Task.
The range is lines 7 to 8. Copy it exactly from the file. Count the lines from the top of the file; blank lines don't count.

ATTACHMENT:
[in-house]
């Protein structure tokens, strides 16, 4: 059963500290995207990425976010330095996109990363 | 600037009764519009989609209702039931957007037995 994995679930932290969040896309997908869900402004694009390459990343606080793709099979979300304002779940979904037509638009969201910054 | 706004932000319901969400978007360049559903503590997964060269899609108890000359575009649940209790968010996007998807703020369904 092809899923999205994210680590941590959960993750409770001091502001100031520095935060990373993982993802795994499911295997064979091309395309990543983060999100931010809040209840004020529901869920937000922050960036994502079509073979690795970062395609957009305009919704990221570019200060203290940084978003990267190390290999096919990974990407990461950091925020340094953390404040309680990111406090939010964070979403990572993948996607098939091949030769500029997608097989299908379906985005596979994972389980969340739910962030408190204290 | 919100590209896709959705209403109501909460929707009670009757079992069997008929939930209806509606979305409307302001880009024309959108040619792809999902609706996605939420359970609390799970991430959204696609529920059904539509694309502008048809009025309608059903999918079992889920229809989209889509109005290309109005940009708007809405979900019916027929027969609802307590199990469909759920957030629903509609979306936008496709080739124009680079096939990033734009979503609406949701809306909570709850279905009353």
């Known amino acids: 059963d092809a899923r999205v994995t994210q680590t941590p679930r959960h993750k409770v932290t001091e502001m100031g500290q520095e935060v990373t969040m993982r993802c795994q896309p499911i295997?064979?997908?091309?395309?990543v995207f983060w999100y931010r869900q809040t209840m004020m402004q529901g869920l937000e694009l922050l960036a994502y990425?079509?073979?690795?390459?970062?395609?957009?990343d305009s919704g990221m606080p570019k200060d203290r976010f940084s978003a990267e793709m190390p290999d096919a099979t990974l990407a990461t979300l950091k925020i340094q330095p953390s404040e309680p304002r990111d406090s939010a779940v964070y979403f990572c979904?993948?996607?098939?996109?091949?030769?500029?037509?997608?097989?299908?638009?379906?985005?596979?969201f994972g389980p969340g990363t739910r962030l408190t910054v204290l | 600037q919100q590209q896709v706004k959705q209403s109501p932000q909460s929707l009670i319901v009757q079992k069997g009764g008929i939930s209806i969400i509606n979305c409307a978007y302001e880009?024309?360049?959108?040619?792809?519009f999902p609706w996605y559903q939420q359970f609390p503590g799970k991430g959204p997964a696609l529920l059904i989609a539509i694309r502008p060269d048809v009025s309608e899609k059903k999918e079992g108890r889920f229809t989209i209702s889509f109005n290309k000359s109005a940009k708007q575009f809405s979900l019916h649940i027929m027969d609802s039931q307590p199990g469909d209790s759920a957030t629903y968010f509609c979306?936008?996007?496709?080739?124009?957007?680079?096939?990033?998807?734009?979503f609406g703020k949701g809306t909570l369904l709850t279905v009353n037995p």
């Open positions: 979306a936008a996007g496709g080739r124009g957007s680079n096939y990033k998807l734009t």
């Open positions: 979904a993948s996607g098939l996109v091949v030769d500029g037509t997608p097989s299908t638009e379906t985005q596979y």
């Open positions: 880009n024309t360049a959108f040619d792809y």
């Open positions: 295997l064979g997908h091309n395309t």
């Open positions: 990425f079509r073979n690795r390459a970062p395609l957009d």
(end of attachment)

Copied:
């Open positions: 295997l064979g997908h091309n395309t």
């Open positions: 990425f079509r073979n690795r390459a970062p395609l957009d």